Although it was definitely part of those initial growing pains, it’s not a negative thing by any means as now it has forced me to step out of my comfort zone, something I knew was inevitable when coming to college in a new country.”

Something that hit a bit closer to home was the realization that Trinity students are extremely well-dressed, at least in my experience. This struck me in comparison to how every high schooler rocked up to their classes in sweatpants, pyjamas (yes, the full flannels), and perhaps leggings if you were in the mood to be a bit more fancy that day. Seeing what felt like a full-fledged fashion show on an average Wednesday morning was a foreign concept to me before starting at Trinity. While it may seem trivial, the looks I was thrown during my second week of first year after coming to a lecture donning a hoodie with leggings were enough to convince me to purge my closet. Although it was definitely part of those initial growing pains, it’s not a negative thing by any means as now it has forced me to step out of my comfort zone, something I knew was inevitable when coming to college in a new country.

In my experience, most other cities, especially major American cities like Chicago, are typically organised by either a grid system or some sort of predictable arrangement of streets and addresses that make it fairly easy to navigate. From looking at a map of Dublin it is very clear that this is not the case. I’ll never forget trying to ask for directions from a local during my first semester and being simply told “there’s no numbers down that road so just take two lefts and keep going”. However, I can reassure you that with a little patience it eventually does start to make sense, although navigating Ireland’s capital may not be as intuitive to us non-natives.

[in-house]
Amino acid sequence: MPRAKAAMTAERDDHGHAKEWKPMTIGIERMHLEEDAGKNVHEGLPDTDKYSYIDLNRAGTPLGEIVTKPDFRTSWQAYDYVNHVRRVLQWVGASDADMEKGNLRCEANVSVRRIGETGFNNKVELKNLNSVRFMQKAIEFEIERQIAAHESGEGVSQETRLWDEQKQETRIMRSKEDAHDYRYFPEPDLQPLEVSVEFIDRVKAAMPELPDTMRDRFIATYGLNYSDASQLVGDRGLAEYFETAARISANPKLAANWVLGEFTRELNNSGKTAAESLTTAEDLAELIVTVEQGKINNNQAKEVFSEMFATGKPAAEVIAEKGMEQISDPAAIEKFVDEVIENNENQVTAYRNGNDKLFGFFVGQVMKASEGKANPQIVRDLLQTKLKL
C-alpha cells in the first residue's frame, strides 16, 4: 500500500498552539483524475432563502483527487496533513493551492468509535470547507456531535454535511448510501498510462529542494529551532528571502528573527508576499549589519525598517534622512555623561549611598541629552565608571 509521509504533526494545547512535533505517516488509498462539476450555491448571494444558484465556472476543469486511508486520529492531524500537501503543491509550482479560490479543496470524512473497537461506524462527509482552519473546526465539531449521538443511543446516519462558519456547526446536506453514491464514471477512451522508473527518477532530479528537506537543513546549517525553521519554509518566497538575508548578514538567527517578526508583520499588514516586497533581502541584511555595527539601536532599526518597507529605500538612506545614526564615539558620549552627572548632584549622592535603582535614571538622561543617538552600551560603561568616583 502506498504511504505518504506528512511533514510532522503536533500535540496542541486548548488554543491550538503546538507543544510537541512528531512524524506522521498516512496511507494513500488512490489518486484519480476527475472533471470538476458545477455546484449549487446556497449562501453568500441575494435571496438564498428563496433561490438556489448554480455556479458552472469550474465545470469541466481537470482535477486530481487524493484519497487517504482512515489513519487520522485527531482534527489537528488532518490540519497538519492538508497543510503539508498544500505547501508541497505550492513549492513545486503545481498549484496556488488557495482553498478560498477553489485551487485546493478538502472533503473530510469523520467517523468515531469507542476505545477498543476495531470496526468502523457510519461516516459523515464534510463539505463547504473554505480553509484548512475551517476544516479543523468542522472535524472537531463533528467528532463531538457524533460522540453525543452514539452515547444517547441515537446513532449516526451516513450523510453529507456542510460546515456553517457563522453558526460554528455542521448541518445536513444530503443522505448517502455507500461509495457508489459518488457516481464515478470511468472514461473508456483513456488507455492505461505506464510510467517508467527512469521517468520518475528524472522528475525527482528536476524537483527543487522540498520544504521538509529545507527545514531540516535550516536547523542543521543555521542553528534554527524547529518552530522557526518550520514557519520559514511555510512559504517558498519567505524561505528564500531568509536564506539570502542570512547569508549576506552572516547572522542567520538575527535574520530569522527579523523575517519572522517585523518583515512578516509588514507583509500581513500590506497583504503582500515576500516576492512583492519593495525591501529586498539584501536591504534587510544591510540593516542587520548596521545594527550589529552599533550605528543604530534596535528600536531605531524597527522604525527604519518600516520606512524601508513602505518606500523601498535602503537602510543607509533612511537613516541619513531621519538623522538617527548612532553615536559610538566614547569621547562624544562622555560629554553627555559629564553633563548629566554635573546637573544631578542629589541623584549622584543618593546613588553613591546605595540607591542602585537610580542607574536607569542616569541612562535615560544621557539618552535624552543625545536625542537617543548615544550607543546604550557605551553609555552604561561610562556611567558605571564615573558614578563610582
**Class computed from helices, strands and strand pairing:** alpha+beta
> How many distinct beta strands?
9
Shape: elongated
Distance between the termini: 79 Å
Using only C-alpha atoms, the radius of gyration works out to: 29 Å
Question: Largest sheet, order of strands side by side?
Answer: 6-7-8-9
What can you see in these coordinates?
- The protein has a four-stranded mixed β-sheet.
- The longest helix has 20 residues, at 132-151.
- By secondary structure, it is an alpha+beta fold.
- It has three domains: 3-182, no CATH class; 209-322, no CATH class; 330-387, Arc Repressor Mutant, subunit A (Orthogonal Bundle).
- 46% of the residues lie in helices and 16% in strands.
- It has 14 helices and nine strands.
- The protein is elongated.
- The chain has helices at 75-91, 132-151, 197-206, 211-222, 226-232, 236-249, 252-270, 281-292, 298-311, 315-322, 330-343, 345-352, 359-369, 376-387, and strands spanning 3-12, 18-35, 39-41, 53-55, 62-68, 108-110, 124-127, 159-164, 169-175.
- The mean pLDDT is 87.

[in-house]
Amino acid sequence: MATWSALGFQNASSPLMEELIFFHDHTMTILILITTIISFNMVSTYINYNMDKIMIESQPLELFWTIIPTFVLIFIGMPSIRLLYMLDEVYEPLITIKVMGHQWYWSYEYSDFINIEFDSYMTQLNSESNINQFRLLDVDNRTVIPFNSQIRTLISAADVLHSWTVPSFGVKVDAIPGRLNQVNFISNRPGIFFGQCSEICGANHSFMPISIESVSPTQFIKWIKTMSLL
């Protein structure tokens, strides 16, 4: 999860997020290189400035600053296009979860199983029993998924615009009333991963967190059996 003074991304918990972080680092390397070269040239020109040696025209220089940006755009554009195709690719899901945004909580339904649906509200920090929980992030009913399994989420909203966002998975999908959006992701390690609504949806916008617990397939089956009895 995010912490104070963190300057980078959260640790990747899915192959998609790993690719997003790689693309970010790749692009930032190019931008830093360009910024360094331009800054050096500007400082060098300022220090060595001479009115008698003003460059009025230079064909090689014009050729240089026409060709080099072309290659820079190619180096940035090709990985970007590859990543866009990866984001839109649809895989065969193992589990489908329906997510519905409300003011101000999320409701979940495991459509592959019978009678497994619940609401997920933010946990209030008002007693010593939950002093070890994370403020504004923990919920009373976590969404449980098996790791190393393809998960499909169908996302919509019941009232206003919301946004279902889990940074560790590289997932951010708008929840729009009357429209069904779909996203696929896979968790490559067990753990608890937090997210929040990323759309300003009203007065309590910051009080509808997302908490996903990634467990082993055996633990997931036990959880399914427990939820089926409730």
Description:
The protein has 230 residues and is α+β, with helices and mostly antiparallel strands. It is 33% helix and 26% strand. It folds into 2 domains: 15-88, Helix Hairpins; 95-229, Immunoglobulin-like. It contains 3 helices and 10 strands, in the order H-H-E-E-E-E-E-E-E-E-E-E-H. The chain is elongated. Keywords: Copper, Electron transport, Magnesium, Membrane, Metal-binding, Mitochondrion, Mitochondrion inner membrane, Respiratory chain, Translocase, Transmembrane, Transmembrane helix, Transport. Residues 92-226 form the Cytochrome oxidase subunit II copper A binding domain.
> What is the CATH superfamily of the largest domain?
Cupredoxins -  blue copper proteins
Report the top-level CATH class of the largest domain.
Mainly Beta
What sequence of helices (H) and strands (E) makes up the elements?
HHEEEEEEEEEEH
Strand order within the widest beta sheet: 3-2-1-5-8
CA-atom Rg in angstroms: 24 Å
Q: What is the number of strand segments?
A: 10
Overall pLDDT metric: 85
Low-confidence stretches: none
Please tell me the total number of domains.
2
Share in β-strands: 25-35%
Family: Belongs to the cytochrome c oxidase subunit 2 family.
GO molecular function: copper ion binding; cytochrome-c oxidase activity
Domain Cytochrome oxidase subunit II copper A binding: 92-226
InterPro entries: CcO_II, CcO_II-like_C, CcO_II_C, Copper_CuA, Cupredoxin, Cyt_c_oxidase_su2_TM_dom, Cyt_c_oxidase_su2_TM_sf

Possibly the most obvious culture shock was regularly experiencing weather conditions from all four seasons in one day”

Possibly the most obvious culture shock was regularly experiencing weather conditions from all four seasons in one day, something which is hard to wrap your head around as an international student until you live through it yourself. Always bringing an umbrella (just in case!) and having access to a jacket with a hood is definitely a good idea for those moments when it is completely sunny and then out of nowhere it starts “lashing”. I’ve found it charming how many Irish people I have met who can predict the weather just from looking at the clouds, and it’s a skill I hope to learn myself one day too.